Everywhere you look, carbon markets are failing to achieve their stated purpose of incentivizing companies and individuals to not emit greenhouse gases. As Bloomberg reports, the price of carbon in markets around the world is too low to affect change:
[C]arbon markets in the U.S., Europe and Asia are collapsing, with prices so low they’ve become virtually valueless. The credits auctioned in the U.S. Northeast in June, for instance, sold for just $4.53 a short ton, a 40 percent drop from December. […]The problem is that the permits are selling at a slower and slower rate. The surplus of allowances is becoming so large in systems run by Europe, California and Quebec — which together account for more than 90 percent of global trading — that by 2022 it could cover the emissions spewing from every car on Earth for a full year, according to estimates by the London environmental group Sandbag Climate Campaign CIC and Bloomberg New Energy Finance. […]The markets are crumbling just as the U.K.’s vote to leave the European Union throws into question the future of the world’s largest market by threatening to shrink demand. Nor does the collapse bode well for China, as the world’s top greenhouse-gas emitter prepares to start its own next year.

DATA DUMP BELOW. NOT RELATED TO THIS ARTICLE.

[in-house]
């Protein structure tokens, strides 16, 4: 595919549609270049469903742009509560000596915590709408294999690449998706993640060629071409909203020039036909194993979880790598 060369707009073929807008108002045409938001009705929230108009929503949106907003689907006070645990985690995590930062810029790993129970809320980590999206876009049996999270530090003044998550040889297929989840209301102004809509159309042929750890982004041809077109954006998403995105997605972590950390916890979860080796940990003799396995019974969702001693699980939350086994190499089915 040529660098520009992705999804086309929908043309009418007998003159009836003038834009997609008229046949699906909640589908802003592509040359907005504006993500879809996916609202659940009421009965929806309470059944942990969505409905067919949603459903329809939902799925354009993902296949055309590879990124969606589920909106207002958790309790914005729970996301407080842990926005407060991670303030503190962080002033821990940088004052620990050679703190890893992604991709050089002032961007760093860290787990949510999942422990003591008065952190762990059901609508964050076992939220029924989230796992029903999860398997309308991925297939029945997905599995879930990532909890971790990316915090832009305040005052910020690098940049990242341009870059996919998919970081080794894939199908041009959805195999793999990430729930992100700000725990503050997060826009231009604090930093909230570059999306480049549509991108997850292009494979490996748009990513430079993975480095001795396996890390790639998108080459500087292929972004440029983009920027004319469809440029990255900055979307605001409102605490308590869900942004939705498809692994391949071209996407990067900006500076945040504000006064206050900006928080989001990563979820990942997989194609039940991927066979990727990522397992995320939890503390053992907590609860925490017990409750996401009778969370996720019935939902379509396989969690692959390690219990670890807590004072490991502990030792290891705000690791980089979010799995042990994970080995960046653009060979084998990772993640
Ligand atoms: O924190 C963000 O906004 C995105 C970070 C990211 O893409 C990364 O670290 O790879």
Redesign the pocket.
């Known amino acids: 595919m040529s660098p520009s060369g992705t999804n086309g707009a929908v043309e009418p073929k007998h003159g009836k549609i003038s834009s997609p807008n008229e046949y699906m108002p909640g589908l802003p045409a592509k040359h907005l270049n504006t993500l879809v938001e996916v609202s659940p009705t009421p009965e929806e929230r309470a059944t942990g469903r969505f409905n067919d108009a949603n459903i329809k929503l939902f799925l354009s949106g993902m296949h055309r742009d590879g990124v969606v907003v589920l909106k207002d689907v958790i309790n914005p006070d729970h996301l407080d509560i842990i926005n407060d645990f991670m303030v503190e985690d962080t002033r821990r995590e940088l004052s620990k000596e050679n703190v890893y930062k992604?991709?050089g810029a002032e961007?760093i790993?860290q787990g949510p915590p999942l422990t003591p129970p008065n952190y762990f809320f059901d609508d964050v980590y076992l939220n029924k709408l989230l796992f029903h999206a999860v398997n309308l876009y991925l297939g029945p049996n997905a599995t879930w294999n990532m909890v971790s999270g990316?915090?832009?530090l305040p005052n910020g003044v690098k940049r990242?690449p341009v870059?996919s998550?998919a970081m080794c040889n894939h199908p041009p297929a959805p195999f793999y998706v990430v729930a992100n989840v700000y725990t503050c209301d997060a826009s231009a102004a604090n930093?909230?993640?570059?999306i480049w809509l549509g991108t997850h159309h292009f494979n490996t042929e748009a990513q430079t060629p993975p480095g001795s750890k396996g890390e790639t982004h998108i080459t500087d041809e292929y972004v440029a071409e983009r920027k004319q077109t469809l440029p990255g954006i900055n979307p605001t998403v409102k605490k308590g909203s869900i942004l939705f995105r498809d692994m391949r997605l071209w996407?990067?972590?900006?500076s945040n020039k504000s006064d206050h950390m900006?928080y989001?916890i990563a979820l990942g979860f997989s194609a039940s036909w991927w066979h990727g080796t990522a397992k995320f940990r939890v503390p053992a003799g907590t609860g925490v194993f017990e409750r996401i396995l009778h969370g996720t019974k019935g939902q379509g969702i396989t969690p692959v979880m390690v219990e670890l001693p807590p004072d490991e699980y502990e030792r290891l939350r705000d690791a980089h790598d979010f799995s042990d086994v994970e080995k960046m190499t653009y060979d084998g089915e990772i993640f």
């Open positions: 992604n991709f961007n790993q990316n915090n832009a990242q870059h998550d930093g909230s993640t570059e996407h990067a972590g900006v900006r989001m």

It isn’t hard to trace the source of these too-low carbon prices. The designers of these various markets have a job that is both delicate and high stakes, as they attempt to set a price for carbon permits that is at once high enough to change behavior, but not so high that businesses (and the jobs and economic clout they carry with them) decide to pack up and move to a region or country with lower carbon costs, or even better a part of the world that doesn’t price carbon at all. So far, policymakers have (understandably) erred on the side of economic caution, choosing to over-allocate allowances at the risk of making their markets effectively worthless, which is where we find ourselves today.But it’s a much more difficult task to try and figure out how to fix this problem. The EU is planning to withdraw credits from its system in the coming years to help inflate the price of carbon, and other markets elsewhere can use similar mechanisms to try and chase down that “Goldilocks” price. When push comes to shove, will politicians be willing to stand by a system that could potentially force out energy-intensive industries? That would be the worst case scenario—both economically harmful to the state, region, or country implementing the carbon market, and completely unhelpful in cutting global emissions—and unfortunately it’s something of an inherent risk in any piecemeal market solution in today’s globalized world.